It's only been two and a half months since I first wrote about Seattle's growing obsession with pie, sampling and comparing the long-standing favorites Seattle Pie Company and Shoofly Pie to the brand-new High 5 Pie and the austerely named Pie ("Save Your Fork, There's Pie," Feb 3). Our city's piescape continues to expand—not only has another pie store opened its doors, but more pie makers have started their own pie delivery services.
Seattle's current pie star is the charming 22-year-old college student Max Kraushaar, the Piecycle. Every Friday and Saturday night, Kraushaar hops on his bike and takes pie wherever pie is needed (so long as it is needed somewhere in the greater University District neighborhood).
Since being written about on Slog and featured on KING 5 News, Kraushaar's fan base has grown so much that he's had to bring on another baker. He now makes anywhere from 12 to 15 pies each weekend. His record is 21.
His pies (including Dutch apple, ginger pear, and toffee s'mores) are so delicious, his fans are demanding a wider delivery area, but Kraushaar can't promise that will happen anytime soon.
"I'm working on the idea of expanding. I would love to own a cafe or something, but I'm finishing up with school—I'm 22, and I don't really have the drive to make it a real thing right now."
Which isn't to say the Piecycle's days are numbered—Kraushaar is looking forward to better pie-delivery-by-bicycle weather.
"I don't know why I did this through the winter," he says with a laugh. "That was just stupid."
A la Mode pies will also come to you—by car, though, not by bike. All you have to do is visit their website—www.alamodeseattle .com—and place your order at least 24 hours in advance.
A whole pie (including bourbon butterscotch, marionberry and hazelnut, and spiced apple) costs a pricey $25, but you can also sample their wares by the slice at Zeitgeist Coffee, Geraldine's Counter, and Knee High Stocking Co.
I tried the spiced apple at Zeitgeist one afternoon, and while $5 a slice also isn't cheap, I had a hard time complaining about it with my mouth full of pie. The crust was gorgeous—a perfect deep golden brown, shimmering with sugar crystals. The apples inside (a mix of Granny Smith, Gala, and Pink Lady) were caramelized and heavily spiced with cinnamon and clove. My only regret was that it wasn't served warm with vanilla ice cream—it would have been perfect.
If you're a true pie lover, a journey to Georgetown is also in order, where you will find the newly opened American Pie (5633 Airport Way S, 708-7813).
The space is small, and it isn't much to look at. Old chairs that look exactly like the ones from my first-grade classroom sit around a small collection of vintage kitchen tables. On one wall, a few acoustic guitars hang above a chalkboard that spells out the goods—slice of pie $3.75, empanadas $2, mini tarts $2.50, etc. On the other wall, there are two framed dessert-themed record covers—the Rolling Stones' Let It Bleed (with its cake-covered record player) and something by the Raspberries. The album covers are hung inexplicably high on the wall. They're also crooked. But you do not go to American Pie for the shop's half-assed references to classic rock. You go because the pie is so goddamn delicious.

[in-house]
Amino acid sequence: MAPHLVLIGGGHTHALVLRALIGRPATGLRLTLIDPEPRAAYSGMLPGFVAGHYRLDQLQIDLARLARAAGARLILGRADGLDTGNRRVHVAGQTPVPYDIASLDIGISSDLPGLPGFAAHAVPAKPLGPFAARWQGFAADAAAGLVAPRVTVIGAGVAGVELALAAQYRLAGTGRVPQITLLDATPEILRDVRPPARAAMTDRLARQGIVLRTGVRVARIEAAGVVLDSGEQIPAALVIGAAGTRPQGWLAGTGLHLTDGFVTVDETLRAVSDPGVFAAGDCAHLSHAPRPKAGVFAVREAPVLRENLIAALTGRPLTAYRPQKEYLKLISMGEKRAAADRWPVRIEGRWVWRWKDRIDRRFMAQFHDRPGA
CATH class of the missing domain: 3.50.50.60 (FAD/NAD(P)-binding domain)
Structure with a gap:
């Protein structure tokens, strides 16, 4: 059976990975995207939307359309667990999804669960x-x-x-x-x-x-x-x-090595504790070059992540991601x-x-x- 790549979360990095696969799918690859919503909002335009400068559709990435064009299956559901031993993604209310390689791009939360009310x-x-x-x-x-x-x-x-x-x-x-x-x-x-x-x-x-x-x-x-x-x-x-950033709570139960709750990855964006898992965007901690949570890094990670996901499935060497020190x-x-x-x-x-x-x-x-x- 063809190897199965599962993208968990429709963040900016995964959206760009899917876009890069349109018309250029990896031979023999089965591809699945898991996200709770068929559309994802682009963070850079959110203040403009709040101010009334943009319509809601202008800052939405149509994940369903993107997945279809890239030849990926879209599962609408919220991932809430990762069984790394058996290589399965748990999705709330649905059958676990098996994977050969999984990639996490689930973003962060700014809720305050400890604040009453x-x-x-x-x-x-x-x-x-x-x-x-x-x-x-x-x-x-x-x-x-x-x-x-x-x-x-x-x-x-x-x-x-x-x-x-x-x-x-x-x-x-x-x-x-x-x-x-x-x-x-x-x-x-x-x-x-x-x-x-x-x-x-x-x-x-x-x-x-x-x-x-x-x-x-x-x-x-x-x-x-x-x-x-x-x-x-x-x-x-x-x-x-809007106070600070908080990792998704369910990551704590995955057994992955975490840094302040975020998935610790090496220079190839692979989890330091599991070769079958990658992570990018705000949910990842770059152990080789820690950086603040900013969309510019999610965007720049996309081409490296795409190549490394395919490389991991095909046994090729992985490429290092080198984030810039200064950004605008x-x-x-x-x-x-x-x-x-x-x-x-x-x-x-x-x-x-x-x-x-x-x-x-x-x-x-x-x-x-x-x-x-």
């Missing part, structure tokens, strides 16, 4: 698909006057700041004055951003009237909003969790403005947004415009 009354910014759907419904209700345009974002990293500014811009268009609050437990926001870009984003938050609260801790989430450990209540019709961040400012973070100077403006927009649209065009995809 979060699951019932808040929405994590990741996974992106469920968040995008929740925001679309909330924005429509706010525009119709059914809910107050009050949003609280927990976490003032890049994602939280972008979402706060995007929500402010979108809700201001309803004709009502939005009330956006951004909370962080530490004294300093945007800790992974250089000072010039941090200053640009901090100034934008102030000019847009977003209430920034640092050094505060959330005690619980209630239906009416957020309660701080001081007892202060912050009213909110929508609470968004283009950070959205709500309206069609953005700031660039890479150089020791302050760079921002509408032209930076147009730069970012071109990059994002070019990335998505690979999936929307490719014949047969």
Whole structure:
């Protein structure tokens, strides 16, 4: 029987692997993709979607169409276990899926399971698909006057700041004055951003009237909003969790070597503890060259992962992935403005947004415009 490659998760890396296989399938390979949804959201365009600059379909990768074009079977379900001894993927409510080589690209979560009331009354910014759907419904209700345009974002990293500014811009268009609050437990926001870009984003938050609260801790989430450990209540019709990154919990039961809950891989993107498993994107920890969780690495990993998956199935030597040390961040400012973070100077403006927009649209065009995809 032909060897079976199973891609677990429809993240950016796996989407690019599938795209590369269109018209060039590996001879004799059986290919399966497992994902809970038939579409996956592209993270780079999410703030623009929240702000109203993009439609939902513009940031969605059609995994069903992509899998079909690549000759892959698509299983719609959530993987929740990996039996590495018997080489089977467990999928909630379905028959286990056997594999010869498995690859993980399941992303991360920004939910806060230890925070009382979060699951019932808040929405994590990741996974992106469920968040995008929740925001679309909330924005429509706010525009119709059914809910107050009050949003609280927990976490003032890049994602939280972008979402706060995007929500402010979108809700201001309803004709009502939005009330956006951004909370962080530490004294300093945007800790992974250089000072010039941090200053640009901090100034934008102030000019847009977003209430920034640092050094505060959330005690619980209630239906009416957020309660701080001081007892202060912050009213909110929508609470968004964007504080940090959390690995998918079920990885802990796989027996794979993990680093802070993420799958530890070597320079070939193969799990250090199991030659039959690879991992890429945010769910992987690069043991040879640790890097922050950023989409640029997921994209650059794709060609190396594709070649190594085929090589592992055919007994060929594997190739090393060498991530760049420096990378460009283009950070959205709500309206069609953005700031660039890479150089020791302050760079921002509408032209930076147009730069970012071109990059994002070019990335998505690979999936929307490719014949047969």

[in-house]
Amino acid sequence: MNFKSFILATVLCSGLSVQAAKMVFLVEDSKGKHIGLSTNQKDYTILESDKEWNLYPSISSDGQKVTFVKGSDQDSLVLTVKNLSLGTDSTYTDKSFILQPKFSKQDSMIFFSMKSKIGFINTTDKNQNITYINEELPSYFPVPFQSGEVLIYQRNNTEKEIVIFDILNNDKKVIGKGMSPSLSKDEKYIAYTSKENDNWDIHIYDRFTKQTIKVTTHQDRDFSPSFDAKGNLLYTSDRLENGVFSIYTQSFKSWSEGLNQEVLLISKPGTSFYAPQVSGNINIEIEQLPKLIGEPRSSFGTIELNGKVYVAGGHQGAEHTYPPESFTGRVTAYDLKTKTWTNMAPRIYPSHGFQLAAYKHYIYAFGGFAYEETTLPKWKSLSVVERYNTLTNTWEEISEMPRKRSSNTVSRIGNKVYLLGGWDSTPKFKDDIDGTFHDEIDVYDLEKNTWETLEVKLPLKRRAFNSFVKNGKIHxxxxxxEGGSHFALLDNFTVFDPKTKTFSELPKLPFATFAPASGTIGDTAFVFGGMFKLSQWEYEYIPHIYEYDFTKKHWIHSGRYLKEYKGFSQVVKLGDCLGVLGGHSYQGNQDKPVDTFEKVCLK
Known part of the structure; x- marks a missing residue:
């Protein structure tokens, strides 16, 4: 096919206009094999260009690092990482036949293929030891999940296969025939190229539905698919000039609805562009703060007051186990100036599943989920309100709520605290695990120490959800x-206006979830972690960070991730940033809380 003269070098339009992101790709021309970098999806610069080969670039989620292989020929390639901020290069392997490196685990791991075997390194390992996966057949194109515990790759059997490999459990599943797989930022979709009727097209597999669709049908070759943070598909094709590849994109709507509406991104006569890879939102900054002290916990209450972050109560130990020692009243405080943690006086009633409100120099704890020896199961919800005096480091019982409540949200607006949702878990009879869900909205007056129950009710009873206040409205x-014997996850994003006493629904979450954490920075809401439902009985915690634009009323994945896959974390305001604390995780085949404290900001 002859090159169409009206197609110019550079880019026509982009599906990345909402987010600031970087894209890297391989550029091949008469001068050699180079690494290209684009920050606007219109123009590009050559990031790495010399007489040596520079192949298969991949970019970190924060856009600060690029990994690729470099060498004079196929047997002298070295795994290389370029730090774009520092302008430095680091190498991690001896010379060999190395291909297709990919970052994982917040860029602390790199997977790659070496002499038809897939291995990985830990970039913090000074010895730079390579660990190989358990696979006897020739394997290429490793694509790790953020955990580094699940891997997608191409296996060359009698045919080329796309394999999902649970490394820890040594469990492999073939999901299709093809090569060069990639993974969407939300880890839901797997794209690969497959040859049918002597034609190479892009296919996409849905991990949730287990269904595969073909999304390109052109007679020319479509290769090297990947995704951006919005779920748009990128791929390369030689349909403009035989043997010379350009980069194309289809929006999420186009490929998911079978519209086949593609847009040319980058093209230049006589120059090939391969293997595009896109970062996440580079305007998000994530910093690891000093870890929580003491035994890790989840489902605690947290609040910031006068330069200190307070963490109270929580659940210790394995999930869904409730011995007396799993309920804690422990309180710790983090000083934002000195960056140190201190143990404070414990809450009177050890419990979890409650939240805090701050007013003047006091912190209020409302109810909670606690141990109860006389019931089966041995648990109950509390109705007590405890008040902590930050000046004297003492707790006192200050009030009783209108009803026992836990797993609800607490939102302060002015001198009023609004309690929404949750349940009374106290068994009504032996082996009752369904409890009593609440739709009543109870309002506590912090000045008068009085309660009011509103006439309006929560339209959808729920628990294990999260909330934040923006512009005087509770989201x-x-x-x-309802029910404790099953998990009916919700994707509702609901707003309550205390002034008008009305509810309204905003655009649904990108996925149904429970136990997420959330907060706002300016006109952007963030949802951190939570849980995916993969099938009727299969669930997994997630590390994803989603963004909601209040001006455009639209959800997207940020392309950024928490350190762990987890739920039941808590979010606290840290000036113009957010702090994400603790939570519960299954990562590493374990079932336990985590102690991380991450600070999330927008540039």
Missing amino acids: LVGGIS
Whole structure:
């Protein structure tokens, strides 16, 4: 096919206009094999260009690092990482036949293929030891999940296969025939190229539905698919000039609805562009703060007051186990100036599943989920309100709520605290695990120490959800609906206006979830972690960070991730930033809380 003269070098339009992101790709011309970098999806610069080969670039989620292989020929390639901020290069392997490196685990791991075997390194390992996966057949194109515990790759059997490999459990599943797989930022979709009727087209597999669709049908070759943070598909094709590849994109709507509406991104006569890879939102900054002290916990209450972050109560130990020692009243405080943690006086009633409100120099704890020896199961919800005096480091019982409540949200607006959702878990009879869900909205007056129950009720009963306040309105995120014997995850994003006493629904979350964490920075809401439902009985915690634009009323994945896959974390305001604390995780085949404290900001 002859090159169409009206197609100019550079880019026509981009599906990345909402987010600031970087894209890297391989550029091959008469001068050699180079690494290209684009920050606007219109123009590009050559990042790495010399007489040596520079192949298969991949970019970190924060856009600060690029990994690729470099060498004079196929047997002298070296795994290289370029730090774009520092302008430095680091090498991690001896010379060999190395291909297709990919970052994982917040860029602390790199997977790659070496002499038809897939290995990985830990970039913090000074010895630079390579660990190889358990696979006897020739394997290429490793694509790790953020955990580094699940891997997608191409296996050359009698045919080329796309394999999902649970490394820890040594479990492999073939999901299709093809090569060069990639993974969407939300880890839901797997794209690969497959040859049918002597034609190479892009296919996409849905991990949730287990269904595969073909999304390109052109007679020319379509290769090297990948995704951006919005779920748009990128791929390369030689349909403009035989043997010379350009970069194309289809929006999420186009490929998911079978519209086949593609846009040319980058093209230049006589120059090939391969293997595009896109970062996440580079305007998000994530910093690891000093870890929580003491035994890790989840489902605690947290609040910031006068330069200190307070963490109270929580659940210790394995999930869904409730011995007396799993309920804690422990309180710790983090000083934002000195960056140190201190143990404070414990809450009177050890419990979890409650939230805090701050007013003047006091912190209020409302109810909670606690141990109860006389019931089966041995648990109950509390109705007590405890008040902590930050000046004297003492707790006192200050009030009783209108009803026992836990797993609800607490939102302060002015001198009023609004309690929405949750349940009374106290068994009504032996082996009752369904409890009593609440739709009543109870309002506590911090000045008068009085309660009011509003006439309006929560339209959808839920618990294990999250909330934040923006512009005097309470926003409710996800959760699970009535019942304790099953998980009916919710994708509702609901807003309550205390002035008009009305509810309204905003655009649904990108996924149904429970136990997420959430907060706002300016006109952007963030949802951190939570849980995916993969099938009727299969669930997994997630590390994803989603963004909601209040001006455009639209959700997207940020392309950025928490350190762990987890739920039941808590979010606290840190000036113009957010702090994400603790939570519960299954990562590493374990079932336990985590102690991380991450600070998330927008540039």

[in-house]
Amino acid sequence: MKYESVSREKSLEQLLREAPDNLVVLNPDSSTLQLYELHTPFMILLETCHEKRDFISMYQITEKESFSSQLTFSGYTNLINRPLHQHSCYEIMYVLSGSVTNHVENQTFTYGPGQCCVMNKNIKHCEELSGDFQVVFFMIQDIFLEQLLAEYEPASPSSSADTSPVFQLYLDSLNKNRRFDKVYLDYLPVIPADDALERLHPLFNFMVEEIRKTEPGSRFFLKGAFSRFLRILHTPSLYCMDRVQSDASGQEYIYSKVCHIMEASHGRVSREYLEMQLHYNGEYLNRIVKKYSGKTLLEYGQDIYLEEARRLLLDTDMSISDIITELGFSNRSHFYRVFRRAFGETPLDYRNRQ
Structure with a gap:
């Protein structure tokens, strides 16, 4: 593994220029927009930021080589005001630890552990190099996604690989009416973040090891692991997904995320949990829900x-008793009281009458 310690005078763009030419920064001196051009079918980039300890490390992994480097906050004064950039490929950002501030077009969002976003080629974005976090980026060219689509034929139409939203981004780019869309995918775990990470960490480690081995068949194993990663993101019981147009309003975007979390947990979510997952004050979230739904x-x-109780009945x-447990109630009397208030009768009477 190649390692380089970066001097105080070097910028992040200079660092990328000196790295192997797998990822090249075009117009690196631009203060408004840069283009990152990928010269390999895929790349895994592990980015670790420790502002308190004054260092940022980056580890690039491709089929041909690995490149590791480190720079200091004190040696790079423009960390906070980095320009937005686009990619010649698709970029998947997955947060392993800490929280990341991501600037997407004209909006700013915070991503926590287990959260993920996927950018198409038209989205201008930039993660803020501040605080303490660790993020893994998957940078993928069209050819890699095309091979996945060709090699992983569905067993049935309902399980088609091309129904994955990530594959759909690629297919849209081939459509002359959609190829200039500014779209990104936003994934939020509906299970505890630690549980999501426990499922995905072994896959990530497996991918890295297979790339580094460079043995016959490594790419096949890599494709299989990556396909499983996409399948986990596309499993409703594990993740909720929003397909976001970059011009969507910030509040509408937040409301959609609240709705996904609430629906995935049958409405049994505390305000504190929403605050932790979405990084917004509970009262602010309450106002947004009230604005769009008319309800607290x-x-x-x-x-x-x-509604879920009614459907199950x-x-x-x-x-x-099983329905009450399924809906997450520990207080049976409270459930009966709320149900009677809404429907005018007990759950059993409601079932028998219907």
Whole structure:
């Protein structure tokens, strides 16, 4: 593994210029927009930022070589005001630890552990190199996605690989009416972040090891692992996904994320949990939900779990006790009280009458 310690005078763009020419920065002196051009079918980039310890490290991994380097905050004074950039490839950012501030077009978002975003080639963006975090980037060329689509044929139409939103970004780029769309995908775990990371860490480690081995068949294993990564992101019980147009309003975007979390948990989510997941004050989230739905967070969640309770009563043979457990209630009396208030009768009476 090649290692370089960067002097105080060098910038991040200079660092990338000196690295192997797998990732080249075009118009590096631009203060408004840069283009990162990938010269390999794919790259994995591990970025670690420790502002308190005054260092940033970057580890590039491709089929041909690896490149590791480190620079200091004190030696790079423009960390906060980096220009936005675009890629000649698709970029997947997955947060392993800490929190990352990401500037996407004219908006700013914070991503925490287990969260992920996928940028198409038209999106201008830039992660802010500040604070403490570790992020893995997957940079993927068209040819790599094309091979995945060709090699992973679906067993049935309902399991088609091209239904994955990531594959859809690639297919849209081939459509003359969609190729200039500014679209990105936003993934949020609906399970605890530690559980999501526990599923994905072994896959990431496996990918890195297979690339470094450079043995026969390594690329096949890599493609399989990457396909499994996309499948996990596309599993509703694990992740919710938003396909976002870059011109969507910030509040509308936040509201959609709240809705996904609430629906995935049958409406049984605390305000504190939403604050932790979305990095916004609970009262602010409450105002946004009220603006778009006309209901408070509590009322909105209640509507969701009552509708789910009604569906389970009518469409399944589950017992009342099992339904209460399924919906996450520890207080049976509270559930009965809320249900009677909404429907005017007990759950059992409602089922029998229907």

American Pie's crust—which is "mostly butter, and partly animal fat"—is wonderful. It's tender and flaky, and it doesn't get gummy under the pie's moist fillings.
American Pie also serves up the biggest slices of pie in town, for under $4 a serving. My piece of sour-cream apple pie was huge, both in width and height. It was topped with more than an inch of crumble topping (cinnamon, sugar, large chunks of walnuts) and filled with several more inches of thick slices of tender (but not at all soggy) apple, surrounded with a rich, almost custardlike sour-cream mixture. It tasted incredible.
The coconut jasmine (!) pie was just as good, and the slice just as massive. The chilled coconut custard, lightly flavored with jasmine, was topped with a heaping cloud of meringue. Usually, I adhere to a strict whipped-cream-on-cream-pie policy, but the meringue's light texture melted into the custard so ideally, it convinced me that some rules are meant to be broken.
The only complaint about this otherwise perfect slice is that the jasmine gave the coconut cream a slightly purple-gray tint that looked just a tad too much like the color of a brain. Forgivable. Brains could never taste this good.
In the online comments for my last pie story, several Stranger readers mentioned 3.14 Bakery in White Center (9602 16th Ave SW, 420-4784) as another favorite pie place. 3.14 (get it?) opened in August 2010, though the bakery serves up much more than just pie. The case is full of cookies, blueberry "buttons" (like muffins, but 80 percent top to 20 percent bottom), cake balls (balls of cake!), and more.
I love the shop's mom-and-pop vibe—there's a play area for kids, and the plates and dishware reminded me of my great-grandmother's house—but the pie wasn't quite as good as my great-grandmother's. 3.14's crust was pale, hardly at all golden—in fact, it was quite sad-looking, especially compared to A la Mode's picture-perfect crust. It didn't taste like much, forcing the heavily spiced apples inside to do all the heavy lifting, and there weren't enough of them to lift it very high.
You know what was delicious, though? 3.14 Bakery's chocolate-covered cake balls. They come in flavors like red velvet, piña colada, and lemon, they're only a buck apiece, and they're the size of a fat baby's fist. I'd take a few of those over a slice of their pie any day. If Seattle's next dessert obsession is the cake ball, 3.14 Bakery has a head start.